Learning has no age limits: MILR opens educational doors to seniors

Learning has no age limits: MILR opens educational doors to seniors McGill University

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McGill Reporter
April 3, 2008 - Volume 40 Number 15
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Home > McGill Reporter > Volume 40: 2007-2008 > April 3, 2008 > Learning has no age limits

Learning has no age limits: MILR opens educational doors to seniors

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MILR moderators Liz Parish and Rory O’Sullivan talk about the use of audio visual and electronic equipment in study groups.
Gordon Campey

Toss out the word "retirement" and most 9-to-5ers will drool like Pavlov's dog as they dream of leisurely days reading books and taking long walks on Mount Royal.

But the reality is that many people find the so-called Golden Years a challenging time of transition.

"The first year or so, you do nothing – which is great. But then you start missing something and you don't quite know what it is," said Gordon Campey from the offices of McGill's Institute for Learning in Retirement (MILR). "What you're missing, of course, is being with people, sharing your life with them and learning from them."

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George Latimer leads a discussion on Spanish history.
Gordon Campey

Campey, a retired marketing professional, is a quintessential MILRer who both takes classes at the Institute and moderates them. "Although we don't call them classes," said Carolynn Rafman, the MILR's program coordinator. "They're study groups."

While it may sound like splitting hairs, the difference is the very cornerstone of the MILR philosophy and framework that eschews the formal sit-and-listen lecture format for a more lively forum that thrives on debate and a vigorous exchange of ideas. Enrolment numbers speak eloquently of the MILR's success. Nineteen years ago, the Institute first opened its doors to about 150 participants. This past fall the numbers topped 800.

Each semester, the Institute offers upwards of 50 such study groups, in both English and French, ranging in subject matter from the Chinese and Japanese art, voice and spirit of tea to understanding and applying the concept of reasonable accommodation. While the moderators choose the global topic, set reading lists and sometimes suggest possible discussion threads, the focus of the five- to 10-week sessions is dictated by participants at the very first meeting. Each participant chooses a sub-topic and prepares a 20-30 minute presentation for classmates. Two such presentations are given each class, followed by an open discussion period for the rest of the two-hour session.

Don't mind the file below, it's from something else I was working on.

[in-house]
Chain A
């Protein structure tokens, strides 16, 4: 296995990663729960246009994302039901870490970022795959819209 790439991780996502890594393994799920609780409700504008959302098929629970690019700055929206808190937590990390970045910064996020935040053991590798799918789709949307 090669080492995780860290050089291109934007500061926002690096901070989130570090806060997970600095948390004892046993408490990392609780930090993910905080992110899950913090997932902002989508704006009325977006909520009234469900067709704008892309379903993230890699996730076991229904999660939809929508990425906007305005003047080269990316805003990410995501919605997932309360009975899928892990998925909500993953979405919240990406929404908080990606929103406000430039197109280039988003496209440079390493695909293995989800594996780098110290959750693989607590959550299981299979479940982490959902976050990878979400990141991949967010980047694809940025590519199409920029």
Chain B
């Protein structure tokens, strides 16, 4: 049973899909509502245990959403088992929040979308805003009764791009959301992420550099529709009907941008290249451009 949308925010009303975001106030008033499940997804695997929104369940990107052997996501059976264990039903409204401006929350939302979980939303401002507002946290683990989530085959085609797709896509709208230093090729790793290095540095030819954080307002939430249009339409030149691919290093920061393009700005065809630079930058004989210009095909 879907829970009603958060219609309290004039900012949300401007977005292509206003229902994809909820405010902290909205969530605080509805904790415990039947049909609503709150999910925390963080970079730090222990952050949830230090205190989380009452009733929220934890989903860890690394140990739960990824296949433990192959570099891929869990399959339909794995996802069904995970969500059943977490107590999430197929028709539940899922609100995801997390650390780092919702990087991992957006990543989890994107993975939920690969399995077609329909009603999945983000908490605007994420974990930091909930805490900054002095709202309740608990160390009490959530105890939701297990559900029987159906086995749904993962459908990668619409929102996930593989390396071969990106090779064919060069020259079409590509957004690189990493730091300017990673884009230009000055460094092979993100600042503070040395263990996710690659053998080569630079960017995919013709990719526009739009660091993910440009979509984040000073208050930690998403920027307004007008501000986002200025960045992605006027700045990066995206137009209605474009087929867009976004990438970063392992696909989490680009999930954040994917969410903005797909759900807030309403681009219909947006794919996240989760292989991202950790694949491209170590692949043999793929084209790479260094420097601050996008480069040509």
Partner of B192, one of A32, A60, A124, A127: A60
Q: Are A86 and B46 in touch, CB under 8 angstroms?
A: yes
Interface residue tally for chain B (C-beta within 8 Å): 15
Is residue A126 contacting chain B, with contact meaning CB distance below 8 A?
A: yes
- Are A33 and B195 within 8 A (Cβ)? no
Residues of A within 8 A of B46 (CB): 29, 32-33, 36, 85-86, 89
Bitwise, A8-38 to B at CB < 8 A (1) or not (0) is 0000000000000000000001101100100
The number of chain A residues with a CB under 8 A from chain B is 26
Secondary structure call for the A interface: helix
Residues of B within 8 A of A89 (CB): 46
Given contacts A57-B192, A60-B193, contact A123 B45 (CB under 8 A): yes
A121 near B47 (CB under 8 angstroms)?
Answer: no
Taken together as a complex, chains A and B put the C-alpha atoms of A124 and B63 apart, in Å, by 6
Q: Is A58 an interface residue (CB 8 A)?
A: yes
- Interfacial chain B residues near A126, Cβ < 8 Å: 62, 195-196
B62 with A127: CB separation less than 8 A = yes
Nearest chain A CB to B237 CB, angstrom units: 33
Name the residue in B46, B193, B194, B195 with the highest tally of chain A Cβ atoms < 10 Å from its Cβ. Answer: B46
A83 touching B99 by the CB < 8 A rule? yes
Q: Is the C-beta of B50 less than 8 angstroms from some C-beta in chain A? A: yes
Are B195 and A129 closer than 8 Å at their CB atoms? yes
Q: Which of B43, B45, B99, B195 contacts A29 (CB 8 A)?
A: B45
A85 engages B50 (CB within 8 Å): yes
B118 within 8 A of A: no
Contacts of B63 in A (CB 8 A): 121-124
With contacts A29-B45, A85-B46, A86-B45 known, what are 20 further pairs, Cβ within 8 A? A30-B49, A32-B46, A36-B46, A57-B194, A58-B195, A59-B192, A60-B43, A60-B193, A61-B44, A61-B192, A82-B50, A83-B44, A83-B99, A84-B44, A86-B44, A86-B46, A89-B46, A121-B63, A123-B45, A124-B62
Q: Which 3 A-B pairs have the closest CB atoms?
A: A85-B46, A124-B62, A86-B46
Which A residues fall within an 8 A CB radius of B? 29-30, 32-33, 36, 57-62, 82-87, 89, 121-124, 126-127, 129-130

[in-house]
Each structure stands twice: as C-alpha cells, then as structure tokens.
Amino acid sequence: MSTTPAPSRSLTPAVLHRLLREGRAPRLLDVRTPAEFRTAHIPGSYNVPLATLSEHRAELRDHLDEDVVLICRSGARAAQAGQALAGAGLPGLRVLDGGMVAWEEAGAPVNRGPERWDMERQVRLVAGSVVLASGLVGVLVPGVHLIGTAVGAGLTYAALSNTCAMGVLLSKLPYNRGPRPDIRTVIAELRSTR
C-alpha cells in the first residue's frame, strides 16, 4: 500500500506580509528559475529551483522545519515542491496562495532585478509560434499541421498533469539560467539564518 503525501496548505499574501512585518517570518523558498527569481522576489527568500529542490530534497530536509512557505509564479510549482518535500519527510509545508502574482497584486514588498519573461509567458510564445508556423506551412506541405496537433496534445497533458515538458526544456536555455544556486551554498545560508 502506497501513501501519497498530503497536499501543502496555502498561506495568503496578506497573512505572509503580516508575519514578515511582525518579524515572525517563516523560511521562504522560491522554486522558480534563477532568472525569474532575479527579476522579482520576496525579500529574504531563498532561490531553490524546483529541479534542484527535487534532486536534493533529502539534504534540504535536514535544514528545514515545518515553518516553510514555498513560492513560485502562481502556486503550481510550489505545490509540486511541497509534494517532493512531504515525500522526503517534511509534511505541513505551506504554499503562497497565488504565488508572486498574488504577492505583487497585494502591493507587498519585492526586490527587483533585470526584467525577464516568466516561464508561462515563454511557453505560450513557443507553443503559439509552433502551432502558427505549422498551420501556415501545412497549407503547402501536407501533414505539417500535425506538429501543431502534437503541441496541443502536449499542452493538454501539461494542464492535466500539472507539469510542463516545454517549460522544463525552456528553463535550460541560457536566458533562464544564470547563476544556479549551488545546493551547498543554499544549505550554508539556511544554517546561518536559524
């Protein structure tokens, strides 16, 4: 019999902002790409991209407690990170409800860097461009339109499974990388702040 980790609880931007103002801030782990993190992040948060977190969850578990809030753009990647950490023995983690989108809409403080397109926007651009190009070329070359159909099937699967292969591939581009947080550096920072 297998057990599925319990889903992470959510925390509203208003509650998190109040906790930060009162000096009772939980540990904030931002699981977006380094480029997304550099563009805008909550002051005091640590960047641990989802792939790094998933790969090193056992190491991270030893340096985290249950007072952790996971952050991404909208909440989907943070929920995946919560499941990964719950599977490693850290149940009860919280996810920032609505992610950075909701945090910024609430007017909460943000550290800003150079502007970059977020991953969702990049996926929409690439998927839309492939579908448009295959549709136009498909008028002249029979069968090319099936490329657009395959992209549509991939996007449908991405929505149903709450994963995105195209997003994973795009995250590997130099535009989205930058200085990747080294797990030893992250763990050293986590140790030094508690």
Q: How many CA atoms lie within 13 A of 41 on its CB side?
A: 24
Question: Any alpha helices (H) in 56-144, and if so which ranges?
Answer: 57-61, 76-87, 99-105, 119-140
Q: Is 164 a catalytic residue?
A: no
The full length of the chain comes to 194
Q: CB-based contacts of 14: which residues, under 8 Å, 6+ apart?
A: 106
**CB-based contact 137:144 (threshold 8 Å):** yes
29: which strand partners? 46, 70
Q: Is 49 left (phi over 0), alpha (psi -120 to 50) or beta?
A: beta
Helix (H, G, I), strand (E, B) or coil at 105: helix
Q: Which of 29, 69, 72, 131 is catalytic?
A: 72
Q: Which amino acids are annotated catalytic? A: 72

"We're promoting self-directed study and peer learning," said Rafman.

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Glenn Cartwright discusses parental alienation syndrome.
Gordon Campey

Stirring it up

The format, based on a model developed at Harvard, differs from that of the Université du troisième âge program developed at the Université de Sherbrooke and offered throughout the province. In the Sherbrooke model, qualified experts conduct traditional lectures.

"Our groups are more suited for people who don't want to sit back and listen," said Campey. "I guess we're more inclined to voice our opinions and stir things up."

Interestingly, unlike their Sherbrooke counterparts, MILR's moderators often have no expertise on their subject of choice. "Sometimes moderators design a study group based on a topic they want to learn more about," explained Campey. "While they create the outline, they are also engaged in the learning process."

One of the by-products of MILR's organic educational philosophy, in which participants are both teachers and students, is a curriculum that is sustainable and ever-changing. MILR members in one study group often take a new slant on the topic to create an entirely new class, a phenomenon Rafman calls "maintaining momentum." As a result, each semester sees new study groups replacing some that have run their course.

Another thing that sets the MILR apart is the interplay between generations. Unlike a typical university class in which the vast majority of students are of a similar age, MILR members can range from people in their early 50s to their mid-90s. "One member, who is in her 90s, always says, 'What are you doing here, Gordon? You're too young,'" Campey said with a laugh.

Good-natured rookie jokes aside, the significance of the MILR's elder statesmen and women is not lost on the "junior" members.

"I was in one study group on museums – which can be a pretty dry subject," Campey said. "And one woman talked about the Anne Frank Museum. But rather than spend a lot of time talking about the museum itself, she talked about what she felt when she walked through the museum and what it was like being a Jewish child in Europe during World War II. "You can't pick that up on the Internet, in books or films or even in regular university classes. Just talking about it gives me goosebumps."

For more information, go to www.mcgill.ca/milr.

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